A PCR Primer

PCR Enhancement Products Courtesy of RedasoftRedasoft's Visual Cloning 2000 includes primer design tools. Courtesy of Sigma-AldrichDirect loading of PCR products onto an agarose gel using Sigma-Aldrich's REDTaq. The art of PCR isn't hard to master. An abundance of products, ranging from relatively low-cost reagents to sophisticated optimization software, exists to meet most, if not all, PCR challenges. This profile looks at commonly used additives, PCR optimization kits and protocols, softwar

Aileen Constans
Jun 10, 2001


Courtesy of Redasoft

Redasoft's Visual Cloning 2000 includes primer design tools.



Courtesy of Sigma-Aldrich

Direct loading of PCR products onto an agarose gel using Sigma-Aldrich's REDTaq.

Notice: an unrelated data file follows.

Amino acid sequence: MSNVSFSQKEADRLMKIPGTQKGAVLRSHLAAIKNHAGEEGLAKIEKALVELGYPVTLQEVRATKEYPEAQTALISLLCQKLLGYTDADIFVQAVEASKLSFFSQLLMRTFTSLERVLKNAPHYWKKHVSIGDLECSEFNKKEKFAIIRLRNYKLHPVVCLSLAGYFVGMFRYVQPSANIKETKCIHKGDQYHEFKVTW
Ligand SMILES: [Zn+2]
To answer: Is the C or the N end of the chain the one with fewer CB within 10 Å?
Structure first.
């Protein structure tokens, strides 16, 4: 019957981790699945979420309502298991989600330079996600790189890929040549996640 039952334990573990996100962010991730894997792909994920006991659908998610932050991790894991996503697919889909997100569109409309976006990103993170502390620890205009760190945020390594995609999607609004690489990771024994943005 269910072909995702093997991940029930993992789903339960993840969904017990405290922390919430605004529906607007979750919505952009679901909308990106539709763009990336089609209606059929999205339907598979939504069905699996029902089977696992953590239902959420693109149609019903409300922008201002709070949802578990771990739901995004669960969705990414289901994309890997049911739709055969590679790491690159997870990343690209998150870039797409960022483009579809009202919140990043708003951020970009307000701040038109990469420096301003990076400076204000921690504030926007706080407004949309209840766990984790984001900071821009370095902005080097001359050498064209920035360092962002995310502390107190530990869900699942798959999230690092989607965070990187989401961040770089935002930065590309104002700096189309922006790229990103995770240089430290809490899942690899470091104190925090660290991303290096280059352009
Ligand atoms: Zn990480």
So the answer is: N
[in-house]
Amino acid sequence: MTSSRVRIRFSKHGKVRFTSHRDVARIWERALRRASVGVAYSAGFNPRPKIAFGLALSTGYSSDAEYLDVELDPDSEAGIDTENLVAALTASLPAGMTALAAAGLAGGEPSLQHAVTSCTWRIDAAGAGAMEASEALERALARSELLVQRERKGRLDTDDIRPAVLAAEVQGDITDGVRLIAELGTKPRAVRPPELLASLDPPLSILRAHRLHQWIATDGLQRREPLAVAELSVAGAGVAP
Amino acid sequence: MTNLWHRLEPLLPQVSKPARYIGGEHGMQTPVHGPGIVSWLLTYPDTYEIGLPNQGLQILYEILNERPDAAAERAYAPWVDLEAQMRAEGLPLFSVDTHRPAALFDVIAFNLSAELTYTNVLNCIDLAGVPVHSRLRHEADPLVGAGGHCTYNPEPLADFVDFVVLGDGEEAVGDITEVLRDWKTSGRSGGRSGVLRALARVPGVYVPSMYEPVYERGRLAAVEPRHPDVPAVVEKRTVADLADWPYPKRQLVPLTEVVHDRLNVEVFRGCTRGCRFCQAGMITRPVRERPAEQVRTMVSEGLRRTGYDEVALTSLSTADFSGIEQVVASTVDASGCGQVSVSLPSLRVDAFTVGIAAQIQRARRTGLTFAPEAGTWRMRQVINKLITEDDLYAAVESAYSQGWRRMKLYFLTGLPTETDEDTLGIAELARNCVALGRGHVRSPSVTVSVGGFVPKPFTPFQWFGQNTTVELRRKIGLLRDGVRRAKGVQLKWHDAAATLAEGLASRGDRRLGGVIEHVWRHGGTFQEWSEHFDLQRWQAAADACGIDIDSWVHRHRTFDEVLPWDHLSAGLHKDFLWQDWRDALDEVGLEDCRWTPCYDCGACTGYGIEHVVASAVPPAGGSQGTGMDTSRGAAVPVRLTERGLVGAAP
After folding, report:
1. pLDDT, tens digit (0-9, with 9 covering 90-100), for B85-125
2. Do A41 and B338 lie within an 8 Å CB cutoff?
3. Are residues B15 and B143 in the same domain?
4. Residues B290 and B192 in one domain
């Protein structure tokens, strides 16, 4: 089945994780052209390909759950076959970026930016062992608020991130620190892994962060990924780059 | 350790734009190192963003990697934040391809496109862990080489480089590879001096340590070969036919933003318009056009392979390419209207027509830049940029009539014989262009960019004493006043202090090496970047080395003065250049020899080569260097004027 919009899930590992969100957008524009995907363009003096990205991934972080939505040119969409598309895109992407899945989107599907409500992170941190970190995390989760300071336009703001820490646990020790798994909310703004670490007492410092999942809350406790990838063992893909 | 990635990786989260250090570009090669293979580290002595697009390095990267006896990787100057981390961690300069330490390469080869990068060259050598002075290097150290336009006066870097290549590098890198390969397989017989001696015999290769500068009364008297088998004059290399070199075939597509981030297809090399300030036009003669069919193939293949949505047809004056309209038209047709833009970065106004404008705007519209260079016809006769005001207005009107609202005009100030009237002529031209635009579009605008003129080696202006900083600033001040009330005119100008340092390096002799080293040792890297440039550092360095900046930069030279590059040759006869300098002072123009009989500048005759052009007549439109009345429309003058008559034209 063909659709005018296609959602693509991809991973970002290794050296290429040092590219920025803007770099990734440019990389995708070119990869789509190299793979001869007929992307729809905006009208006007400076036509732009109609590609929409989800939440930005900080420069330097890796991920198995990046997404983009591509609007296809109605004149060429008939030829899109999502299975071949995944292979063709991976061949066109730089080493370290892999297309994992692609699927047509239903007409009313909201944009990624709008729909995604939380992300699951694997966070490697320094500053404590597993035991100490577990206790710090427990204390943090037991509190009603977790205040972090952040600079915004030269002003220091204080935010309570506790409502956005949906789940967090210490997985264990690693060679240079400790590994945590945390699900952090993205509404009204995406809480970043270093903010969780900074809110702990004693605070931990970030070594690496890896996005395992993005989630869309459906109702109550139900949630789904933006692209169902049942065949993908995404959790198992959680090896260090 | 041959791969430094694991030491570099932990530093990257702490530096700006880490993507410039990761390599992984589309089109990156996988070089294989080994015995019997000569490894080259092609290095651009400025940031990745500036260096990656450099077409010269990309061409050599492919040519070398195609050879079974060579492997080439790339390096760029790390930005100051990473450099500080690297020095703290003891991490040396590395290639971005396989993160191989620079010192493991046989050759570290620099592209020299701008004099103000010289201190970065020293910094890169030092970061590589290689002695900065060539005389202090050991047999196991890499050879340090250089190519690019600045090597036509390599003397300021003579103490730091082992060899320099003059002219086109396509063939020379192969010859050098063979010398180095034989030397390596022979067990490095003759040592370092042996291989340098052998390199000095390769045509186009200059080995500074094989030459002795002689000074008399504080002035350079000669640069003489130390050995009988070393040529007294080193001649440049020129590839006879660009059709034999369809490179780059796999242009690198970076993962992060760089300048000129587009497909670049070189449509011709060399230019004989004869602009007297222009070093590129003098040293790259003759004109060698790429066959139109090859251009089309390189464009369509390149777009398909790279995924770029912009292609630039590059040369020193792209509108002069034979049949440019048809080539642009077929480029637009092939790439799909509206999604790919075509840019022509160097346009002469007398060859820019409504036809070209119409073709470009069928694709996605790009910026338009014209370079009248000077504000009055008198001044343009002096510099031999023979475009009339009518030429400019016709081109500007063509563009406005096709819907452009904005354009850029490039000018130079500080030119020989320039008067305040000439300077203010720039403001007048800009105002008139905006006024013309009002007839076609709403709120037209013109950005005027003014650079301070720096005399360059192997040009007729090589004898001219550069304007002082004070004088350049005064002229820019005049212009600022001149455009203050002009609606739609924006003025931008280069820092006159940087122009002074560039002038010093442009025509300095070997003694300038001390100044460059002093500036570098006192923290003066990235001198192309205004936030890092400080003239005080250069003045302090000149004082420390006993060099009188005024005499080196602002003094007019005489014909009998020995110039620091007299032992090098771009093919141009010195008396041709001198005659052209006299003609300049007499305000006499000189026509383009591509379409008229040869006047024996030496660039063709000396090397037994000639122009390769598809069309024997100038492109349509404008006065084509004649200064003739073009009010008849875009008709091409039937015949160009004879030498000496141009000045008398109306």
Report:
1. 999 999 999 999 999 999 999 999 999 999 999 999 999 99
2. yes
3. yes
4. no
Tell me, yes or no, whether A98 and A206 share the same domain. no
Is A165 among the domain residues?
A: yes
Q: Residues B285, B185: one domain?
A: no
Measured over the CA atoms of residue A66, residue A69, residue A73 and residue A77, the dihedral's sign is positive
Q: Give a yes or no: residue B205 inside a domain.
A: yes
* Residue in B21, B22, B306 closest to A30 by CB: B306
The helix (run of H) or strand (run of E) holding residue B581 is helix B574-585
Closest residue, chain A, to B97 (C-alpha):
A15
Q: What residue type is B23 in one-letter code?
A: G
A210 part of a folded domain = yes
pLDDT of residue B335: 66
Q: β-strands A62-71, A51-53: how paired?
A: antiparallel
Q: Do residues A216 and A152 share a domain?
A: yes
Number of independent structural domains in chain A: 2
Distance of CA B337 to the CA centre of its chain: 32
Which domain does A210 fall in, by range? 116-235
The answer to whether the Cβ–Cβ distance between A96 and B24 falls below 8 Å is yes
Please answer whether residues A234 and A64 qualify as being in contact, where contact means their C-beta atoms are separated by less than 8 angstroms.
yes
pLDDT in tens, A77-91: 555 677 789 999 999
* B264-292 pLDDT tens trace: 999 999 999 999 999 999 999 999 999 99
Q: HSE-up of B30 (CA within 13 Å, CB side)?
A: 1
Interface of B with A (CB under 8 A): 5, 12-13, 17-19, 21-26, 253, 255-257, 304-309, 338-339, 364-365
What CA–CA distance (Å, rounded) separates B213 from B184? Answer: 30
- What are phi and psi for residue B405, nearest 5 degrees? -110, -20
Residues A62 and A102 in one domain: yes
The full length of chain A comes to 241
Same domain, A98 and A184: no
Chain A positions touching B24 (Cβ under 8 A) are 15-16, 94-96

The art of PCR isn't hard to master. An abundance of products, ranging from relatively low-cost reagents to sophisticated optimization software, exists to meet most, if not all, PCR challenges. This profile looks at commonly used additives, PCR optimization kits and protocols, software tools for PCR enhancement, and hot-start polymerases. Other thermostable polymerases will be reviewed in the Sept. 3, 2001, issue of The Scientist.

The key to an optimal PCR experiment is primer design. In general, primers should be between 18 and 24 nucleotides long and have a GC content between 40 and 60 percent. Ideally primers should contain a relatively GC-rich 5'-end and an AT-rich 3'-end (i.e., containing three A or T residues in the last five bases)....

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